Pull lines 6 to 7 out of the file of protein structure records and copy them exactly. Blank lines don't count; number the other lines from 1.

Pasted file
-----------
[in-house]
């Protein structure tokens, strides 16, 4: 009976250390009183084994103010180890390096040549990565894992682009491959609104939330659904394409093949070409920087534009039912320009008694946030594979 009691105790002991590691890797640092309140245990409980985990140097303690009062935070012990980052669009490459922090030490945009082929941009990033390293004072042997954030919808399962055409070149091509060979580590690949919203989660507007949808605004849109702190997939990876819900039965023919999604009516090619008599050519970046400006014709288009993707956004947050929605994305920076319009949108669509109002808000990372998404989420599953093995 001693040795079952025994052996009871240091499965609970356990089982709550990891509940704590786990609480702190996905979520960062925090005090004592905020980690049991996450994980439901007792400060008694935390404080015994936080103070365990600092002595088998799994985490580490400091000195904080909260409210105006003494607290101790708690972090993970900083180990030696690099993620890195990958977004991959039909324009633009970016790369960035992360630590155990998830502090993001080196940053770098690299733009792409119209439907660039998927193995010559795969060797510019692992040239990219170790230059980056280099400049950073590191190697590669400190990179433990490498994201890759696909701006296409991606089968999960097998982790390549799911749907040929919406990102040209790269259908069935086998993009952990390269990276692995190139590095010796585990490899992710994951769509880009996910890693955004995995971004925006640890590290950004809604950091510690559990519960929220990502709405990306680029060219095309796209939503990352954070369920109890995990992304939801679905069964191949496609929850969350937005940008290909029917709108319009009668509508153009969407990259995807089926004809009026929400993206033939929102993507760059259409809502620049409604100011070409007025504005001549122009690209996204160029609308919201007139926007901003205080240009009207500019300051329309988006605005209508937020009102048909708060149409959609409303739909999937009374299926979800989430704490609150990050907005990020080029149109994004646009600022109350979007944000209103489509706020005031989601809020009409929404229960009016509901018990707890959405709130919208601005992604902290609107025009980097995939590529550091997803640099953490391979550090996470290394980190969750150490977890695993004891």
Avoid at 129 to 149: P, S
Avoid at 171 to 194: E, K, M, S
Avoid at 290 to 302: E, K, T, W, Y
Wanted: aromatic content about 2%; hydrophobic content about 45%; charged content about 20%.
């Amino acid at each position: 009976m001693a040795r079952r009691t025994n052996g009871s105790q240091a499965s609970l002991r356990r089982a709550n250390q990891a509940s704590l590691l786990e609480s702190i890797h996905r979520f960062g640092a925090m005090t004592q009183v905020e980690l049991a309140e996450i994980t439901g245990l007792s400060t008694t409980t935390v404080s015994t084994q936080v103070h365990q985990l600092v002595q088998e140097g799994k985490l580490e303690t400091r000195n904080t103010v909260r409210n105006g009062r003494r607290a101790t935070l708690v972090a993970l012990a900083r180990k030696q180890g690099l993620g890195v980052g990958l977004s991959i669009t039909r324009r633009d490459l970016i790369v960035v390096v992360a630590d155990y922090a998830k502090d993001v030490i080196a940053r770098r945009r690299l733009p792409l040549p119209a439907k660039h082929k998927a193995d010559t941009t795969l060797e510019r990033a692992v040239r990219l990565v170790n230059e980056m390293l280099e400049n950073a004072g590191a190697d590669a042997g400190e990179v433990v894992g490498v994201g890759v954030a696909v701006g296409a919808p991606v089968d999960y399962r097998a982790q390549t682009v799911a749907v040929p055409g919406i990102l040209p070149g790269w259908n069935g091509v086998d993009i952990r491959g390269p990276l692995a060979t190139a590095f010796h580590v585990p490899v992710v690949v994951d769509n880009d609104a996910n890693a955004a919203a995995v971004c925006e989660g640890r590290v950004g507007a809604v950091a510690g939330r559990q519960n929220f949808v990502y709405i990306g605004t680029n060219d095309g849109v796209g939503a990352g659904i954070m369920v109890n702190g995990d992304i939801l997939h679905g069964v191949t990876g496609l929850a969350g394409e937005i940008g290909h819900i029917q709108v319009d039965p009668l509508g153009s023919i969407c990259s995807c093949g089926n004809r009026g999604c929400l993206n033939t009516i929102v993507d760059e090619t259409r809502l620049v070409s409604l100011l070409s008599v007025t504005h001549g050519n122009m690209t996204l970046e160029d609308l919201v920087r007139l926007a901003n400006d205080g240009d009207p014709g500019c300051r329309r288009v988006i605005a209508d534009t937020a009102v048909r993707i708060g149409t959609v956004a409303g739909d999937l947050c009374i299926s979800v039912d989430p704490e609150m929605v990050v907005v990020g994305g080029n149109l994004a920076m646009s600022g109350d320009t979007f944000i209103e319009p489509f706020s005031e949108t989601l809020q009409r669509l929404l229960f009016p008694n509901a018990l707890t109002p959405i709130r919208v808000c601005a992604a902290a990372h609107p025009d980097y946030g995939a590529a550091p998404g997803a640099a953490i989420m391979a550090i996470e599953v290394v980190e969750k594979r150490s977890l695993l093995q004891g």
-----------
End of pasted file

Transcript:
Wanted: aromatic content about 2%; hydrophobic content about 45%; charged content about 20%.
């Amino acid at each position: 009976m001693a040795r079952r009691t025994n052996g009871s105790q240091a499965s609970l002991r356990r089982a709550n250390q990891a509940s704590l590691l786990e609480s702190i890797h996905r979520f960062g640092a925090m005090t004592q009183v905020e980690l049991a309140e996450i994980t439901g245990l007792s400060t008694t409980t935390v404080s015994t084994q936080v103070h365990q985990l600092v002595q088998e140097g799994k985490l580490e303690t400091r000195n904080t103010v909260r409210n105006g009062r003494r607290a101790t935070l708690v972090a993970l012990a900083r180990k030696q180890g690099l993620g890195v980052g990958l977004s991959i669009t039909r324009r633009d490459l970016i790369v960035v390096v992360a630590d155990y922090a998830k502090d993001v030490i080196a940053r770098r945009r690299l733009p792409l040549p119209a439907k660039h082929k998927a193995d010559t941009t795969l060797e510019r990033a692992v040239r990219l990565v170790n230059e980056m390293l280099e400049n950073a004072g590191a190697d590669a042997g400190e990179v433990v894992g490498v994201g890759v954030a696909v701006g296409a919808p991606v089968d999960y399962r097998a982790q390549t682009v799911a749907v040929p055409g919406i990102l040209p070149g790269w259908n069935g091509v086998d993009i952990r491959g390269p990276l692995a060979t190139a590095f010796h580590v585990p490899v992710v690949v994951d769509n880009d609104a996910n890693a955004a919203a995995v971004c925006e989660g640890r590290v950004g507007a809604v950091a510690g939330r559990q519960n929220f949808v990502y709405i990306g605004t680029n060219d095309g849109v796209g939503a990352g659904i954070m369920v109890n702190g995990d992304i939801l997939h679905g069964v191949t990876g496609l929850a969350g394409e937005i940008g290909h819900i029917q709108v319009d039965p009668l509508g153009s023919i969407c990259s995807c093949g089926n004809r009026g999604c929400l993206n033939t009516i929102v993507d760059e090619t259409r809502l620049v070409s409604l100011l070409s008599v007025t504005h001549g050519n122009m690209t996204l970046e160029d609308l919201v920087r007139l926007a901003n400006d205080g240009d009207p014709g500019c300051r329309r288009v988006i605005a209508d534009t937020a009102v048909r993707i708060g149409t959609v956004a409303g739909d999937l947050c009374i299926s979800v039912d989430p704490e609150m929605v990050v907005v990020g994305g080029n149109l994004a920076m646009s600022g109350d320009t979007f944000i209103e319009p489509f706020s005031e949108t989601l809020q009409r669509l929404l229960f009016p008694n509901a018990l707890t109002p959405i709130r919208v808000c601005a992604a902290a990372h609107p025009d980097y946030g995939a590529a550091p998404g997803a640099a953490i989420m391979a550090i996470e599953v290394v980190e969750k594979r150490s977890l695993l093995q004891g």